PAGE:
Professor Lucy Chappell PhD FRCOG

NIHR Research Professor in Obstetrics

King’s College London

As we make progress on so many fronts in pregnancy hypertension, including important reductions in maternal mortality from the disease in high-income settings and globally, it is useful to reflect on some of the challenges that remain, particularly those that seem scientifically intractable despite best efforts. What makes a problem seemingly so hard to crack? There are perhaps three main possibilities.


The first is that the research question underpinning the problem is difficult to nail down for reasons of scientific uncertainty. This may be because we are at a relatively early stage of the pathway in unpicking mechanisms of disease, or we are still developing knowledge needed to produce a coherent model. Initial research that supported the concept of pre-eclampsia as more than pregnancy-induced hypertension has been followed by an appreciation that different phenotypes of pre-eclampsia (characterised by varying maternal and fetal manifestations) may require tailored preventative strategies. Initial optimism for prophylactic treatments based on amelioration of common pathophysiological pathways has been tempered by results of clinical trials which question whether we are treating the right group of women with the best prophylaxis from the optimal gestation.


The second possibility is that the infrastructure conspires against addressing a clinical need or a research gap. For maternal mortality from hypertensive disorders of pregnancy in low income settings, this may relate to policy, or financial imperatives beyond the scope of the usual researcher. Research questions in ‘Cinderella’ areas (i.e. those historically neglected by funders, policy-makers or academics), may be lacking strong advocacy for research effort due to political, gender-based, racial or other reasons. An example may be the challenge of finding effective preventative strategies for stillbirth, which remained uncounted in health surveys for many decades. More recently, investment into unpicking the various pathophysiological pathways of this heterogeneous problem suggest that prevention is not truly elusive but will be incrementally tackled. But collaboration between researchers in high-income countries with easier access to funds and those in settings where the greatest burden of disease exists, can focus on translation of interventions adapted appropriately. Successful examples of subsequent reverse translation may help such collaborative models flourish and grow. In all settings, research governance can act as an appropriate brake on unethical and fraudulent practice, but also as a barrier if not appropriately risk-proportionate. Lean, fit-for-purpose research governance must be the goal of every system, but is challenging in the pregnancy field where effects of interventions may sometimes only become apparent decades or generations later. Sometimes clinicians themselves may be part of the block, if they are slow to acknowledge research uncertainties and reluctant to engage with research that tackles such questions, acting as selective gatekeepers to women’s participation. Rarely are women not engaged with a research need – they are usually only too willing to accept such uncertainties and participate in research.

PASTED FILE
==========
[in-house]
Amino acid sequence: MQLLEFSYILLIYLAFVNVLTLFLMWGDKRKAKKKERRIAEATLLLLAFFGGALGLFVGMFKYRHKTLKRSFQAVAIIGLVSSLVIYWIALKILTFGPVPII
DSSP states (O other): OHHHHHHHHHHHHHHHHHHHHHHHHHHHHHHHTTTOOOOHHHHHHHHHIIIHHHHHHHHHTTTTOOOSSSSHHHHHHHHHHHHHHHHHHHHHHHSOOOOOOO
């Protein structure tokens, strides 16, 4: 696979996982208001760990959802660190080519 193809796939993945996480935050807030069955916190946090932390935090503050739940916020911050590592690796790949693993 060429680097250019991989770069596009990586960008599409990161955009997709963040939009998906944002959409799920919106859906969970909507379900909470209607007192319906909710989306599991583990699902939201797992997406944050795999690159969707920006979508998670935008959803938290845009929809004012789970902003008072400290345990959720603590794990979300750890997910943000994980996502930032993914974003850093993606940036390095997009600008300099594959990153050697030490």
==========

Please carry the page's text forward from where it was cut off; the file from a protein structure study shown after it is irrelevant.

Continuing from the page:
The third option is that the research required to address the challenge needs cross-disciplinary efforts with an approach out of the usual box found in academic institutions. The current disjointed model of research in most high-income countries rewards single discipline researchers as lead investigators, and does not always facilitate multiple sectors providing smaller contributions to an overall problem. For example, in many countries, short and long-term postnatal management of women after pregnancy hypertension is fragmented across specialties, and addressing the problem is labelled as being ‘too difficult’ to tackle. Further work is needed across a spectrum of research gaps ranging from establishing the safety of antihypertensive drugs in breastfeeding women through to finding effective interventions tailored to postnatal women to reduce long term increased risks of cardiovascular disease. These require collaboration across disciplines as diverse as clinical pharmacology to behaviour change psychology to epidemiology with much more in between.


What could be done to address these challenges labelled as intractable? The ISSHP is an organisation that harnesses clinicians and researchers across all sectors into improving care and outcomes for women with pregnancy hypertension and the seven-point plan put forward by the recent President suggests many ways to address the barriers above. Funders such as the UK Global Challenges Research Fund (GCRF) have recently launched calls specifically for Interdisciplinary Research Hubs to address ‘intractable challenges faced by developing countries’ which calls for transformative approaches to engender a step change in addressing the challenges of the UN’s Sustainable Development Goals (SDGs). This needs to be matched by investment in training the next (and the current) generation in methodology suitable to tackle these problems. These incentives, or pulls, are essential as multiple barriers – historical, political, medical amongst others – need to be overcome. The final word rests with pregnant women, as the key will be harnessing their active involvement and participation at all stages of the research to really make it count.